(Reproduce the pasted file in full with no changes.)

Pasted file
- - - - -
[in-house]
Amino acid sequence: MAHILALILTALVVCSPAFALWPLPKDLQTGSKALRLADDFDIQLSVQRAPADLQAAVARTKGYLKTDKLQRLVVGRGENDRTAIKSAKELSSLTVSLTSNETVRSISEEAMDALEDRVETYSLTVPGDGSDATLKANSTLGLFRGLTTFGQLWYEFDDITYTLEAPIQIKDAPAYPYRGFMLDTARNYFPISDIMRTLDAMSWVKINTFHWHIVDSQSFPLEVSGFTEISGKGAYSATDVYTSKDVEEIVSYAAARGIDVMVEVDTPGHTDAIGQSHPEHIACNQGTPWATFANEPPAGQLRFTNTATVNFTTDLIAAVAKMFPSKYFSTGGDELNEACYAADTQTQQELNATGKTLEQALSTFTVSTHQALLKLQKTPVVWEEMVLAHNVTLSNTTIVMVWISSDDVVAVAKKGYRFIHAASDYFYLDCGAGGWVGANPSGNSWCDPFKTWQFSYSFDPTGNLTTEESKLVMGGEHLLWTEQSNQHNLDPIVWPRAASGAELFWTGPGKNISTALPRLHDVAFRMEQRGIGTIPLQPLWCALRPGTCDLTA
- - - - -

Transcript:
[in-house]
Amino acid sequence: MAHILALILTALVVCSPAFALWPLPKDLQTGSKALRLADDFDIQLSVQRAPADLQAAVARTKGYLKTDKLQRLVVGRGENDRTAIKSAKELSSLTVSLTSNETVRSISEEAMDALEDRVETYSLTVPGDGSDATLKANSTLGLFRGLTTFGQLWYEFDDITYTLEAPIQIKDAPAYPYRGFMLDTARNYFPISDIMRTLDAMSWVKINTFHWHIVDSQSFPLEVSGFTEISGKGAYSATDVYTSKDVEEIVSYAAARGIDVMVEVDTPGHTDAIGQSHPEHIACNQGTPWATFANEPPAGQLRFTNTATVNFTTDLIAAVAKMFPSKYFSTGGDELNEACYAADTQTQQELNATGKTLEQALSTFTVSTHQALLKLQKTPVVWEEMVLAHNVTLSNTTIVMVWISSDDVVAVAKKGYRFIHAASDYFYLDCGAGGWVGANPSGNSWCDPFKTWQFSYSFDPTGNLTTEESKLVMGGEHLLWTEQSNQHNLDPIVWPRAASGAELFWTGPGKNISTALPRLHDVAFRMEQRGIGTIPLQPLWCALRPGTCDLTA